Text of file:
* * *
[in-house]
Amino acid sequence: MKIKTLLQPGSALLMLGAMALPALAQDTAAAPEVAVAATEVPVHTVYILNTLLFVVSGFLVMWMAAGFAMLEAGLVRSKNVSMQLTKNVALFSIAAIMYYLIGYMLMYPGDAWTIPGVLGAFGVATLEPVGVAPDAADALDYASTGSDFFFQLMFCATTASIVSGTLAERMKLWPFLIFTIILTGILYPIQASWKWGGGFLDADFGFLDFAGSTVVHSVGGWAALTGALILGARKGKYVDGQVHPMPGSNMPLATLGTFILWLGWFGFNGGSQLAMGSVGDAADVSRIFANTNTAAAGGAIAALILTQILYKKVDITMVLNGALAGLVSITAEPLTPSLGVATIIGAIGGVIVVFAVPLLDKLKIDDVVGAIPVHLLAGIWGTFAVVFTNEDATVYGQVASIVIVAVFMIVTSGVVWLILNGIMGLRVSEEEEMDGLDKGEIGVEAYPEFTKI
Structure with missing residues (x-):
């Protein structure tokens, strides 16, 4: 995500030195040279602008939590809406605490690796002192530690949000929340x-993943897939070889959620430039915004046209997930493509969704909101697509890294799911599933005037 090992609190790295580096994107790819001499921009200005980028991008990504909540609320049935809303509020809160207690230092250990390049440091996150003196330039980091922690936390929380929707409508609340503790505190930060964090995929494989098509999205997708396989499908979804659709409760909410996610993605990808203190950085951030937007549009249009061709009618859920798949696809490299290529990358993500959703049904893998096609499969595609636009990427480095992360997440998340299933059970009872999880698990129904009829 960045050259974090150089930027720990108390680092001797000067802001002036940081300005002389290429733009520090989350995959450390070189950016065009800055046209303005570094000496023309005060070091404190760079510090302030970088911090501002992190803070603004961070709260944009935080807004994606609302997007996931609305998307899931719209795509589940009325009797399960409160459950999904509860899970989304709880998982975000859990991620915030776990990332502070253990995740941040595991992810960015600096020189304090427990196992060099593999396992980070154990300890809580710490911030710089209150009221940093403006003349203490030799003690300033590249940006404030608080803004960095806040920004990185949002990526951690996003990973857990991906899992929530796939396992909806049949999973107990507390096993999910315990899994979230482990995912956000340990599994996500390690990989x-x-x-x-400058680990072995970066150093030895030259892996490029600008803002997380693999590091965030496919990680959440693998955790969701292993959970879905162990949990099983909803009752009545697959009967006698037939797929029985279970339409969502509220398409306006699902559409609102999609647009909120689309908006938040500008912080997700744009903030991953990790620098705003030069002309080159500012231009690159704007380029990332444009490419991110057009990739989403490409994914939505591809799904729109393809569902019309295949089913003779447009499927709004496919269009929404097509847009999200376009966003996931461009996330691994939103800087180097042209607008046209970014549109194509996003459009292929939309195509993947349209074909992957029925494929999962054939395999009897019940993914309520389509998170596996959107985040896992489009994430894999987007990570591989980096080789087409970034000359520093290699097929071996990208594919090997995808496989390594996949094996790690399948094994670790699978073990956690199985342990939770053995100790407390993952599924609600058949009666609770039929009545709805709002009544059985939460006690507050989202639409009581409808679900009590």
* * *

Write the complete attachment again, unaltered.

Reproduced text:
[in-house]
Amino acid sequence: MKIKTLLQPGSALLMLGAMALPALAQDTAAAPEVAVAATEVPVHTVYILNTLLFVVSGFLVMWMAAGFAMLEAGLVRSKNVSMQLTKNVALFSIAAIMYYLIGYMLMYPGDAWTIPGVLGAFGVATLEPVGVAPDAADALDYASTGSDFFFQLMFCATTASIVSGTLAERMKLWPFLIFTIILTGILYPIQASWKWGGGFLDADFGFLDFAGSTVVHSVGGWAALTGALILGARKGKYVDGQVHPMPGSNMPLATLGTFILWLGWFGFNGGSQLAMGSVGDAADVSRIFANTNTAAAGGAIAALILTQILYKKVDITMVLNGALAGLVSITAEPLTPSLGVATIIGAIGGVIVVFAVPLLDKLKIDDVVGAIPVHLLAGIWGTFAVVFTNEDATVYGQVASIVIVAVFMIVTSGVVWLILNGIMGLRVSEEEEMDGLDKGEIGVEAYPEFTKI
Structure with missing residues (x-):
């Protein structure tokens, strides 16, 4: 995500030195040279602008939590809406605490690796002192530690949000929340x-993943897939070889959620430039915004046209997930493509969704909101697509890294799911599933005037 090992609190790295580096994107790819001499921009200005980028991008990504909540609320049935809303509020809160207690230092250990390049440091996150003196330039980091922690936390929380929707409508609340503790505190930060964090995929494989098509999205997708396989499908979804659709409760909410996610993605990808203190950085951030937007549009249009061709009618859920798949696809490299290529990358993500959703049904893998096609499969595609636009990427480095992360997440998340299933059970009872999880698990129904009829 960045050259974090150089930027720990108390680092001797000067802001002036940081300005002389290429733009520090989350995959450390070189950016065009800055046209303005570094000496023309005060070091404190760079510090302030970088911090501002992190803070603004961070709260944009935080807004994606609302997007996931609305998307899931719209795509589940009325009797399960409160459950999904509860899970989304709880998982975000859990991620915030776990990332502070253990995740941040595991992810960015600096020189304090427990196992060099593999396992980070154990300890809580710490911030710089209150009221940093403006003349203490030799003690300033590249940006404030608080803004960095806040920004990185949002990526951690996003990973857990991906899992929530796939396992909806049949999973107990507390096993999910315990899994979230482990995912956000340990599994996500390690990989x-x-x-x-400058680990072995970066150093030895030259892996490029600008803002997380693999590091965030496919990680959440693998955790969701292993959970879905162990949990099983909803009752009545697959009967006698037939797929029985279970339409969502509220398409306006699902559409609102999609647009909120689309908006938040500008912080997700744009903030991953990790620098705003030069002309080159500012231009690159704007380029990332444009490419991110057009990739989403490409994914939505591809799904729109393809569902019309295949089913003779447009499927709004496919269009929404097509847009999200376009966003996931461009996330691994939103800087180097042209607008046209970014549109194509996003459009292929939309195509993947349209074909992957029925494929999962054939395999009897019940993914309520389509998170596996959107985040896992489009994430894999987007990570591989980096080789087409970034000359520093290699097929071996990208594919090997995808496989390594996949094996790690399948094994670790699978073990956690199985342990939770053995100790407390993952599924609600058949009666609770039929009545709805709002009544059985939460006690507050989202639409009581409808679900009590």